The Twilight Zone

Here I stand, staring off into the distance, lost in a sea of unwelcome images that have embedded themselves deep into my brain. Images of my father flash before my eyes over and over again. I see a large man, tall with a round, protruding stomach sitting with his right leg bent at the knee and his ankle resting on his left thigh. I can see him sitting on his lazy boy throne with a beer in one hand and a cigarette in the other, a toothless smirk plastered on his face as he sits comfortably in his underwear. Every time I start to have flashbacks, that image is always the first to appear, it’s like the opening scene of a horror film, a reoccurring nightmare that begins the same way every single time and it is sure to end in tragedy. Each flashback is like being hit by a lightening bolt, sending a surge of energy coursing through my veins and I become paralyzed by the visions that flash before me.

Stuck in a trance, I can hear the muffled sounds of talk and laughter dancing around me. I can hear my husband repeating himself and the increasing frustration in his voice. I can feel myself going through the motions of everyday life but, its as if I am standing in the middle of a carousal, life circling around me as I stand frozen in time. It feels like I’m in an alternate dimension, my mind is in another world but my body remains stationary, trapped in the eye of a hurricane while unwanted images swirl around my encapsulated body.

When my mind is being sucked into a maelstrom of memories it feels like I am reliving every second of torture. On the outside I appear calm and even relaxed but, on the inside I am screaming and desperately trying to claw my way out of the quick sand that just keeps pulling me deeper and deeper into the twilight zone. A flashback can last anywhere from a few seconds to several minutes, drawing me into the unreal nightmare that feels like I am actually experiencing what I am seeing. I can suddenly feel every touch, smell every smell, and see every detail from a single moment in time that should be long forgotten. When I do finally snap back to reality, I feel as though I missed a lifetime of noteworthy conversations and monumental moments. My short term memory has been clouded by horrific images and I am left with only tidbits of information.

I can understand how frustrating it must be for my husband when he is constantly repeating himself or feeling as though I am not listening to him. I feel an incredible amount of guilt and I’m ashamed at how forgetful I can be. In a matter of minutes I can easily forget what I was doing or where I was going and why. Usually it is little things such as, not being able to remember what I was going into the kitchen for or, what it was that my husband wanted me to add to the grocery list. After awhile I start to feel useless, if I am incapable of remembering such simplicities, how can I be trusted to remember things of actual importance. In a sense it makes me feel like I am irresponsible and that leads to a feeling of hopelessness. How can I ever truly be a good wife or mother if I am incapable of being fully present at all times. My inability to control the images that flash before me seems like a poor excuse for my imagined shortcomings. I feel utterly worthless.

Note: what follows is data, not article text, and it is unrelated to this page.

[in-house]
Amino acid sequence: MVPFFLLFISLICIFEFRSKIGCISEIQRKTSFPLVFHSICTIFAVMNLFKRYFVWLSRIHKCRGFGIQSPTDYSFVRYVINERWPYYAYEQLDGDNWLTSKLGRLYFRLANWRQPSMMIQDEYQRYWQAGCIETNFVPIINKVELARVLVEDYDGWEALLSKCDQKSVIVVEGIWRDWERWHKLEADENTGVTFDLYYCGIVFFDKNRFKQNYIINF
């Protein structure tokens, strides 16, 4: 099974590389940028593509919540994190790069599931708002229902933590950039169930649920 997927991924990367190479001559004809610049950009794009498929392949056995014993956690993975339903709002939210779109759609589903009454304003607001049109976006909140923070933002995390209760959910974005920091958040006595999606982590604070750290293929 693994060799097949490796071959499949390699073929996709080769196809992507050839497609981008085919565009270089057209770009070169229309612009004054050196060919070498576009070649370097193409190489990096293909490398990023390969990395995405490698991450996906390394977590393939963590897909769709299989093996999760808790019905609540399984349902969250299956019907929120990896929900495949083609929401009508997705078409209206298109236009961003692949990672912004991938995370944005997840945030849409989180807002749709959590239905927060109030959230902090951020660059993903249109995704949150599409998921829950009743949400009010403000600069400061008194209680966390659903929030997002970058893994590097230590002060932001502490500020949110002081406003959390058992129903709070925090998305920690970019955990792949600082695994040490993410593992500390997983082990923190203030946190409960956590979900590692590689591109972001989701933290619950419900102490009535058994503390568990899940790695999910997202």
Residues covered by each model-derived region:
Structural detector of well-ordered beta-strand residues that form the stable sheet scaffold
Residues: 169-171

Have you ever watched the waves moving across the ocean, crashing into the shore and rolling across the sand, that is what a flashback is like for me. An object, a touch or a smell can trigger me and suddenly several memories and images wash over me, sending a tidal wave of emotions throughout my body. In an instant I can start to shiver with fear and I can feel my body tense up. I feel jumpy and irritable and I can become so lost in the memory that I am easily startled. Sometimes when my husband comes into the room and I have been alone for a while, I may not hear him right away, he could be right behind me and when he speaks or touches my shoulder to make it known he is there, I panic and my heart sinks as it takes a minute for my brain register that it’s not my father, tragedy isn’t about to strike and I am indeed safe.

I am beyond grateful for my husband. I sometimes forget how challenging my struggles can be for him. He is patient, kind and incredibly supportive and sometimes I take that for granted. If it wasn’t for him, I fear I could have headed down a much different path in life, a path of destruction that was certain to lead to eventual death. It sounds dramatic but, living with the memories and scars that remain from my tortured past is incredibly difficult, I carry a lot of baggage and my mental state is fragile. Depression and anxiety go hand in hand with my post traumatic stress disorder and everyday I have to work hard to find the strength to persevere. I will continue on my journey of healing, one day at a time. I refuse to let what happened to me control me. I will prevail!

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